A letter from the editor
June 16, 2010 - Editor's Note: The following was originally written as an e-mail response to Mr. Terry's letter to me, I decided to use it as my column this week to respond in the newspaper as well.
Dear Mr. Terry,
As I have said repeatedly in numerous columns, I have nothing against teaching Chinese language or culture to students. I have not stated any opposition to the teaching of such.
I do have a problem cooperating with a government which is still totalitarian and brutally oppressive in nature, and taking money from that government (i.e. the Confucius Institutes/Hanban) to help teach Chinese language and culture here to our kids.
It's an ethical thing.
I don't believe in cooperating with murderers and thugs. No matter how much of a happy face the Chinese government tries to put on for the world, it can't cover up its crimes against humanity.
I suggest you read more on the brutalities of the Chinese government, which many people, not just me, have been screaming about and protesting against for years and years. The Dalai Lama comes to mind.
My worry is our teaching of Chinese language and culture is glossing over who and what the Chinese government is. We're in such a hurry to make money that it seems like we forget we're making deals with the Devil.
Accusing me of xenophobia is a not only a knee-jerk, uneducated opinion, I find it personally offensive and insulting — no different than when racial demagogue Jesse Jackson accuses someone of being racist for disagreeing with his ideas.
I bear no ill-will toward anyone based on their race, religion or nationality. In fact, you'll find many Chinese people who are opposed to their government's tyranny.
I've also said in previous columns that I will cheer on the day when the Chinese people finally do rise up and overthrow their government. The Chinese people are and have been the biggest victim of their government.
As for Hong Kong, the People's Republic of China can take absolutely no credit whatsoever for its economic success.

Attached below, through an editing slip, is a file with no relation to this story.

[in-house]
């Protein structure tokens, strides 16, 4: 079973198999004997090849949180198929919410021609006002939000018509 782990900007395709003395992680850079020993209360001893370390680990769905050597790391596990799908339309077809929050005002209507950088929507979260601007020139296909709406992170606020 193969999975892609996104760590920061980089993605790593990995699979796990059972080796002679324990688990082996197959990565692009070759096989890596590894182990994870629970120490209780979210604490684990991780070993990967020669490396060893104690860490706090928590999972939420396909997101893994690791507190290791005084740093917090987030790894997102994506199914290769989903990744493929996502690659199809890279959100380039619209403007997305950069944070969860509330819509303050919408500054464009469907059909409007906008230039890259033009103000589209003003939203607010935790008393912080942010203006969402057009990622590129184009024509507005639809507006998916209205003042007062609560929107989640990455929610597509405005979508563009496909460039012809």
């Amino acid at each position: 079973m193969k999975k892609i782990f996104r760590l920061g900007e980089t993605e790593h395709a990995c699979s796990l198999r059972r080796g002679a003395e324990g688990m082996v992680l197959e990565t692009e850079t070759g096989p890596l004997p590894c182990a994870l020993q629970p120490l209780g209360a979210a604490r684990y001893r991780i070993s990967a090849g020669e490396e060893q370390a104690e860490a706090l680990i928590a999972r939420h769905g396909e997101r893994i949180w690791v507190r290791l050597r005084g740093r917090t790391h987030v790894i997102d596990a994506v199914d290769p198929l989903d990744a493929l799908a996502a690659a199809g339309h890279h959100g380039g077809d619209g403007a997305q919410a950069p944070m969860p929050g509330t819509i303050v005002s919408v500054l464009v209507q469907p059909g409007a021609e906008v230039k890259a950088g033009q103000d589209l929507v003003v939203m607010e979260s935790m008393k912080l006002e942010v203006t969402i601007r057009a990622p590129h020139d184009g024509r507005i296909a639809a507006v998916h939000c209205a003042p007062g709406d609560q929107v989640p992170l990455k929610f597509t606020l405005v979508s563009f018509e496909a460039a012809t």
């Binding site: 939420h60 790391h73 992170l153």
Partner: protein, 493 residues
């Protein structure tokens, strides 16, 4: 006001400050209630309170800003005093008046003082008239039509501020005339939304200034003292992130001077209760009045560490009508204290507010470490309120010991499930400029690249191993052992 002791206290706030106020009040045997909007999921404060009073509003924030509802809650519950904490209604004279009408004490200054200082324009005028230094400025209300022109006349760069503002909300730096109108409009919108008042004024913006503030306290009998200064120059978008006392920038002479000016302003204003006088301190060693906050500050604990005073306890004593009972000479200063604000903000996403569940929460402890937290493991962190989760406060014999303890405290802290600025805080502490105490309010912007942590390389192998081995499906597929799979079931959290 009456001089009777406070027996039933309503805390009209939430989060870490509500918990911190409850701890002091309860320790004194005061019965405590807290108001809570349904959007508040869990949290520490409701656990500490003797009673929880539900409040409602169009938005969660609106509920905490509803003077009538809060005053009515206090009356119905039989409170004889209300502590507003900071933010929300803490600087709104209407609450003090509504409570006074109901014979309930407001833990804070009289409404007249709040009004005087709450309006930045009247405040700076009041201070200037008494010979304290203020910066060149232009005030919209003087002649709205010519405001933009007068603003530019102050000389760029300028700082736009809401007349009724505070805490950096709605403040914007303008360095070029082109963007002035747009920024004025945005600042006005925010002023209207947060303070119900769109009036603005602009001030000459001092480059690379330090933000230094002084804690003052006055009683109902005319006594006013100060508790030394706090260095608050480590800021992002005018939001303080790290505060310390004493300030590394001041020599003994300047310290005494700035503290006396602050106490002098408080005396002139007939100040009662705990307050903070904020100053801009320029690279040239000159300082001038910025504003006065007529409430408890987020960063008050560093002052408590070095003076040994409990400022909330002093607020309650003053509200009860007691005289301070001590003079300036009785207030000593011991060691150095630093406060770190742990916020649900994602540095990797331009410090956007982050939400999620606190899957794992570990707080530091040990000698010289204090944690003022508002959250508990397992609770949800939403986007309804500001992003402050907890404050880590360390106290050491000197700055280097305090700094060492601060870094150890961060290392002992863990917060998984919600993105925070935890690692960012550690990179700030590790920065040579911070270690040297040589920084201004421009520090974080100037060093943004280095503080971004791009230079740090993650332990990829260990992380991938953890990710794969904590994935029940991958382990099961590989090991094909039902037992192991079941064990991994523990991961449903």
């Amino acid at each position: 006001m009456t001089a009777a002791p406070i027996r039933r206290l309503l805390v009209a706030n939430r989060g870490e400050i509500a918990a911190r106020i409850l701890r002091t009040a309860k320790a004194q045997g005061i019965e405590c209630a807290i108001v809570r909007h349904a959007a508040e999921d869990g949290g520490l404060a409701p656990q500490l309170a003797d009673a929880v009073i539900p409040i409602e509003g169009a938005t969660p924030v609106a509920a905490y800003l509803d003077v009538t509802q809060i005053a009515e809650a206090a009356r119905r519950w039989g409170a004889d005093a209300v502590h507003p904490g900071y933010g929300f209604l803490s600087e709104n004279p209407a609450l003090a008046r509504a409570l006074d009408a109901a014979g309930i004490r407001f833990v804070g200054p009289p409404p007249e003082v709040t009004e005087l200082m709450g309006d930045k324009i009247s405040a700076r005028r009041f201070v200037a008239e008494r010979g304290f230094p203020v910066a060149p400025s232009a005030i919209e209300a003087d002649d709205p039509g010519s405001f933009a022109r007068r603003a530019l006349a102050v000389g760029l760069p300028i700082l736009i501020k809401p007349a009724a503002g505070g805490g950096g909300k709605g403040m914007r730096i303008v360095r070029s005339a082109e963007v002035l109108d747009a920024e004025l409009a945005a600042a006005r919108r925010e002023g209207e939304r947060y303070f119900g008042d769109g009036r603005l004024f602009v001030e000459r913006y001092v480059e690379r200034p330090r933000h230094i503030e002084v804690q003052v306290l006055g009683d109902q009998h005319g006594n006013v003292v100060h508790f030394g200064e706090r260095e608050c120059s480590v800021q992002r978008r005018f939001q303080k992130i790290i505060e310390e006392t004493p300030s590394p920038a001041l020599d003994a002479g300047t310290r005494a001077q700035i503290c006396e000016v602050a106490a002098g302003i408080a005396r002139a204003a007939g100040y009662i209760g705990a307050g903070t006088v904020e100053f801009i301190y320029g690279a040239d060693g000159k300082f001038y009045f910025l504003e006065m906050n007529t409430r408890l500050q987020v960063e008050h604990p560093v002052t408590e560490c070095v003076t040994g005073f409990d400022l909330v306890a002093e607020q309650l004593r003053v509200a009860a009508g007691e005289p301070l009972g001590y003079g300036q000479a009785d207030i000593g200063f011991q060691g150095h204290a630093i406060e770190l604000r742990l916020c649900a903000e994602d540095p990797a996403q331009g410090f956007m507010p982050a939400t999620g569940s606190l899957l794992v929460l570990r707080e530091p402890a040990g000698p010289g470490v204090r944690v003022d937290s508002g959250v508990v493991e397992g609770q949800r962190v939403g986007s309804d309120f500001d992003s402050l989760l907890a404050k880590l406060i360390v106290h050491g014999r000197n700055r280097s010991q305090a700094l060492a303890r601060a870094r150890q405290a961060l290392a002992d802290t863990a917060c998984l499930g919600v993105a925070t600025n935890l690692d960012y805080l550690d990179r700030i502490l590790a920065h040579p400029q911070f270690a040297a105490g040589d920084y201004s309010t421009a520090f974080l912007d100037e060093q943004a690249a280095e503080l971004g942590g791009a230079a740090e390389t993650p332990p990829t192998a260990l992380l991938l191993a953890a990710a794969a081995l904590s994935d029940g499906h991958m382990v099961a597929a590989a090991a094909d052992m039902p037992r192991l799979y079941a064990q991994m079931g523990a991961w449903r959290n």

The island nation was under British control from 1842 until 1997. When China took over, it agreed to allow Hong Kong to enjoy a high degree of autonomy, so as to keep it successful and thus make it a showplace for the world.
Hong Kong is part of China's PR campaign to show the world how great it is.
I wrote last week's column because Skilling has been telling teachers, the (Oxford) village council and others about how China is a capitalist nation and it's simply not true as the Index of Economic Freedom shows. I believe the Wall Street Journal and The Heritage Foundation are much, much more qualified to speak on that subject than a superintendent of a school district.
As for your assertion that I have a personal vendetta against Skilling, it's nothing personal, it's just business. I oppose much of what he does and the manner in which he does it.
While some people are content to sit silently or meekly acquiesce, I choose to speak out against Skilling's actions — something more and more people are doing in letters to the editor these days.
When I agree with something he does, I say it. In fact, during this school year, I received three phone calls from Skilling complimenting and praising me for things I wrote.
The first was for supporting the bond last fall. The second was for a column I wrote on the insanity over Obama's back-to-school speech. The third was for my column condemning the lawsuit brought against the school district by William Arthur Keely's alleged victim (an OHS student).
I also wrote a column during the winter noting that I agreed with the school's privatization efforts. I was the first to report on such efforts and praise them.
I hope this clears up my point of view for you. If you wish to have your letter below published as a letter to the editor, let me know.
Note: The majority of my column last week consisted of quotes and facts from the Index of Economic Freedom, put out by the Wall Street Journal and Heritage Foundation.
None of the information there can be classified as xenophobic.
Other items in my column such as China's practice of forcing women to have abortions and the fact that it has the highest female suicide rate in the world are matters of fact.
Repeating them is not xenophobic.
If criticizing a totalitarian government's oppression of its people and lack of economic freedom is considered to be xenophobic, then I must be reading a different dictionary.
In the United States, we don't have any laws prohibiting free speech.
We just have people who try to silence others by throwing out labels like xenophobic, racist, sexist and homophobic so as to shut down the debate.
My quarrel is with the evil Chinese government and anyone who would cooperate with and aid it.
If that makes me xenophobic then I'll just add it to the list of names others have tried to label me with over the years.
I'll consider it another badge of honor.
CJ Carnacchio is editor for The Oxford Leader. He lives in the Village of Oxford with his wife Connie and daughter Larissa. When he's not busy working on the newspaper, he enjoys cigars/pipes, Martinis/Scotch, hunting and fishing.